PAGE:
Zeroing With a Gun Vise
A gun vise might come in handy when zeroing at 100 yards. If your rounds have been on target at 50 yards, it’s time to take it to the final step, 100 yard distance. That’s when a gun vise can help you take a steady shot. It holds the rifle in position with enough weight to prevent any undesirable movement. The gun vise won’t be necessary for shorter shots.
Ideally, you should zero your rifle on a day with little to no wind. Of course, depending on where you live, that might not be an option, and nature doesn’t obey the whims of man. But as much as you can, avoid wind as it can throw you off.
Set your scope on the smallest visible center of the bull’s eye. Take your time, be focused and steady, and take three shots as described above.
If all goes well, the shots will be in very close proximity to each other. If the shots are far apart, take a deep breath, re-center yourself, get in the right mindset before trying again. The impacts should form a solid group.
To zero with the vise, move the vise so the point of aim matches the original point of aim as closely as possible. Once this is done, adjust the scope to be in the center of the three shot group. Shoot another three times, it should hit the bull’s eye. This step can be repeated until you get the desired results.
Zeroing Without a Gun Vise
Not everyone has the luxury of having a gun vise. Don’t worry as it’s not an absolute necessity to zero a scope. If you don’t have one, you’ll simply have to go a little slower. The same distances for targets are used, and hopefully you have a set of sandbags. If you don’t have sandbags, make sure to keep your gun steady any way you can. But if you’re serious about learning to use a rifle, getting the proper equipment is a natural step to take.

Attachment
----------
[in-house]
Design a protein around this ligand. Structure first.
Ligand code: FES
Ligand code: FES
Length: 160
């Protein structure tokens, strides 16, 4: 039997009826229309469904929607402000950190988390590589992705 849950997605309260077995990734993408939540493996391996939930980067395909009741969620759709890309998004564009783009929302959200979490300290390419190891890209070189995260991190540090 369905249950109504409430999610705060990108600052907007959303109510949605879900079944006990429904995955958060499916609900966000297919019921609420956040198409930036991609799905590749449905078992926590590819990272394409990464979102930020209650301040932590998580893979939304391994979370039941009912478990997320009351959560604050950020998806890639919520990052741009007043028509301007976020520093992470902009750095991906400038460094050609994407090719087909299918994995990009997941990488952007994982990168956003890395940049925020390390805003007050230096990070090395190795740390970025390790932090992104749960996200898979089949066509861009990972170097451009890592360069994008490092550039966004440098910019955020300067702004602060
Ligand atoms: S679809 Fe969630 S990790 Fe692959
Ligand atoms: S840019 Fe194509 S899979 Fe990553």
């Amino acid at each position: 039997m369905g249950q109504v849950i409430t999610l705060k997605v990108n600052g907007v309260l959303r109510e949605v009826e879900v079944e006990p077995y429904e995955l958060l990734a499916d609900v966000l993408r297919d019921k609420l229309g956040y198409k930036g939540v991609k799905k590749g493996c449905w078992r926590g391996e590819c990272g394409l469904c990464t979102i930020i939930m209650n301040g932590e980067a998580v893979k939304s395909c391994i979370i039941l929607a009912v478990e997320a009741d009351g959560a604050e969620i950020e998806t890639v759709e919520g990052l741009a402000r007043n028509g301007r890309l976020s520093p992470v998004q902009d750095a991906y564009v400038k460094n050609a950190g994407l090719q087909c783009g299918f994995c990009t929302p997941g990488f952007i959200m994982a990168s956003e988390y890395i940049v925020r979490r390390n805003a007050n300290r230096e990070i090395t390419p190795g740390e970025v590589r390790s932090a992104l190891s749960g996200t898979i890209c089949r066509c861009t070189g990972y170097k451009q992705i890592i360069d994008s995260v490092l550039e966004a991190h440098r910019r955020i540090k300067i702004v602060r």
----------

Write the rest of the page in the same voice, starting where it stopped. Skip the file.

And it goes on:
Zeroing without a gun vise is done the same way, with three shot groups. Take a three shot group, and see how far off it is, in inches. Scopes generally adjust in Minutes of Angle, or MOA, which roughly correspond to one inch of distance per MOA adjusted. Most scopes work with ¼ MOA per click, but if you’re not sure, refer to your scope’s manual.
Begin with the horizontal orientation, using the knob present on the side of the scope. After determining how many inches you need to adjust, move the MOA accordingly toward the center of the bull’s eye.
Take another three shot group. It should now hit the center of the target, above or below the bull’s eye. This step should be replicated until your windage adjustment puts your shots where you want them. Once the horizontal alignment is good, it’s time to finally nail the zero.
In the same way you tuned the windage, adjust the top knob of the scope with the appropriate amount of clicks to hit the center of the bull’s eye. Fire three more times to check if you’re on target. If not, you’ll have to go back and keep fine tuning these parameters until you get the desired results.
After you get it right, you can shoot a few more three shot groups to confirm the zero. Plus, getting a little more practice doesn’t hurt. Finally, let the barrel cool off before firing one last group. It’s a way to ensure that your final point of impact is also adjusted from the cold barrel. Your first shot of the day is always fired from a cold barrel after all.
Zeroing a Scope Done Right
There you have it, you can now zero a scope like a pro. Don’t give in to frustration, remember that any difficulty encountered is an opportunity for learning and gives you more experience.
A fun experiment to try is to go to the range under different wind conditions after zeroing your scope. Fire a three shot group and note how well it does depending on the wind. After garnering some data, you’ll be able to tell how wind affects your shooting.